fbpx
Search

International Student Mikeala Wilkes on Drinking Ages around the World

Wine Tasting in Loire Valley , France. Photo by Josie Lucero

After a dizzying day of lectures, essays, and group projects, many college students wind down by enjoying a beverage or two at their favorite bar. However, for Mikaela Wilkes, a 19- year-old international student from Massey University in Wellington, New Zealand, that is a privilege she forfeited when she came to the United States.

Mikaela Wilkes and friends enjoying drinks after classes at Massey University in Wellington, New Zealand. Photo courtesy of Mikaela Wilkes.
Mikaela Wilkes and friends enjoying drinks after classes at Massey University in Wellington, New Zealand. Photo courtesy of Mikaela Wilkes.

“It’s how we socialize” said Wilkes. “I know for a lot of my international friends here, it’s a struggle for us, because at home if you want to get to know someone you go get a beer with them. But here we can’t do that, so it takes away that huge social element in our lives.”

Wilkes explained that, compared to the U.S., New Zealand is much more lax when it comes to underage drinking. Legal able to drink since 18, the New Zealander admits she’s started drinking at about 16 under legal parental consent.  She explained that the cultural norm in New Zealand is that parents usually introduce their children to drinking alcohol by let them have a glass of wine or beer at dinner before 18.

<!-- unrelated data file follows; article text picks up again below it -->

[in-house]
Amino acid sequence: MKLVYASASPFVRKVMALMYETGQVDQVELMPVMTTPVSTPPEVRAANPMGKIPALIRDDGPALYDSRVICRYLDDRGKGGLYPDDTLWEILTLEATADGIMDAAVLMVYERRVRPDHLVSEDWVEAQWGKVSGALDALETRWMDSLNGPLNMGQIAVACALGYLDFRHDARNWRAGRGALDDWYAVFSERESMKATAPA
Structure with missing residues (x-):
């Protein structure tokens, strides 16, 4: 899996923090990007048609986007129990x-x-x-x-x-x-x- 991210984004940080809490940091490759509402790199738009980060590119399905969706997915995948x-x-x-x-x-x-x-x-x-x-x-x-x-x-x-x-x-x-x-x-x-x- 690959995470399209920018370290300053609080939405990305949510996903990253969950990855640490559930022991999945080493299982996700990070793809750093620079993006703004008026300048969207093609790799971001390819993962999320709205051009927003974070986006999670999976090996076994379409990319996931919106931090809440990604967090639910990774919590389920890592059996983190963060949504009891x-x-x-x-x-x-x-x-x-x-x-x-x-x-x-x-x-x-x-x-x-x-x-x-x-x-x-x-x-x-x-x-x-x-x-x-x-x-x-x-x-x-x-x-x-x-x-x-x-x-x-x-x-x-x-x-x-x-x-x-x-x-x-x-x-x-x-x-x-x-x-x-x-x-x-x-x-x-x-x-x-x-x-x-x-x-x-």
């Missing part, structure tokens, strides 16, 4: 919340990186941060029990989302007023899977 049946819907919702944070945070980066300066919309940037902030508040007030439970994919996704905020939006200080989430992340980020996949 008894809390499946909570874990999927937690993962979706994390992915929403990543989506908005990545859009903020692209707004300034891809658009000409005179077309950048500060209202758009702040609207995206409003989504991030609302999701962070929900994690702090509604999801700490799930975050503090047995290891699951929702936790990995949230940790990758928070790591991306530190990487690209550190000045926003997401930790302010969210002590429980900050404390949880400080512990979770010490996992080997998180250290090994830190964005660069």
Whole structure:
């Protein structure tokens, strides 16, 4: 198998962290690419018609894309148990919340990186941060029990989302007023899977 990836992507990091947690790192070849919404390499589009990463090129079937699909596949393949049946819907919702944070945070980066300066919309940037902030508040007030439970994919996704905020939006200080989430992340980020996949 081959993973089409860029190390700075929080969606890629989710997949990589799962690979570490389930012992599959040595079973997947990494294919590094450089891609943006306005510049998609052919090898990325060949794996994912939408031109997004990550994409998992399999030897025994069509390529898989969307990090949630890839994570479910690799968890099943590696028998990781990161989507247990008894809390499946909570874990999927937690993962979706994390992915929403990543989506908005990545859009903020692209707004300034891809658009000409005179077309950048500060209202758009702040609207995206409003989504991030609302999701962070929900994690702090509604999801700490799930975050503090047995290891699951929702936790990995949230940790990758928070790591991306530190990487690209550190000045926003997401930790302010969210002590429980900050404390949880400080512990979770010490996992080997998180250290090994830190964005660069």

“People do it [drinking] as rite of passage, it’s just what uni students do,” said Wilkes. “Of course, everyone’s going to go out and get drunk a couple times a week. It’s just kind of seen as the norm.”

However, she did note, New Zealand’s leniency was nothing compared to what France displayed while she was exchange student in Angouleme, France when she was 16.

Mikaela Wilkes visiting Paris, France during her family holiday. Photo courtesy of Mikaela Wilkes.
Mikaela Wilkes visiting Paris, France during her family holiday. Photo courtesy of Mikaela Wilkes.

“Oh, in France, no one cares,” said Wilkes. “We had a 14-year-old come into the bar with us, like, not getting ID’d. They look at the drinking laws as, like, guidelines.”  

In French culture, they teach their children to drink with self-control by making sure they eat food, drink water, and know their limits. Because of these social norms, Wilkes believes they’re is less of likely to binge-drink like Americans, because the French have had alcohol their entire lives

“Here in America, because they can’t have alcohol, just like they go nuts,” said Wilkes. “They drink tons, and that’s when there are issues,” explain Wilkes. “People are at house parties, and it’s illegal. They are scared they are going to get caught, so they drink as much as they can. It’s almost self-fulling, because America’s so harsh on alcohol that it makes it that much worse.”

DrinkingAgesInfographic

Infographic by Madison Sloan.

 

ad-get the feeling of home Culturs magazine subscription
Close

Culturs Global Multicultural Media

Celebrating Cross-Cultural TCK Identity
© Copyright 2021. All rights reserved.
Close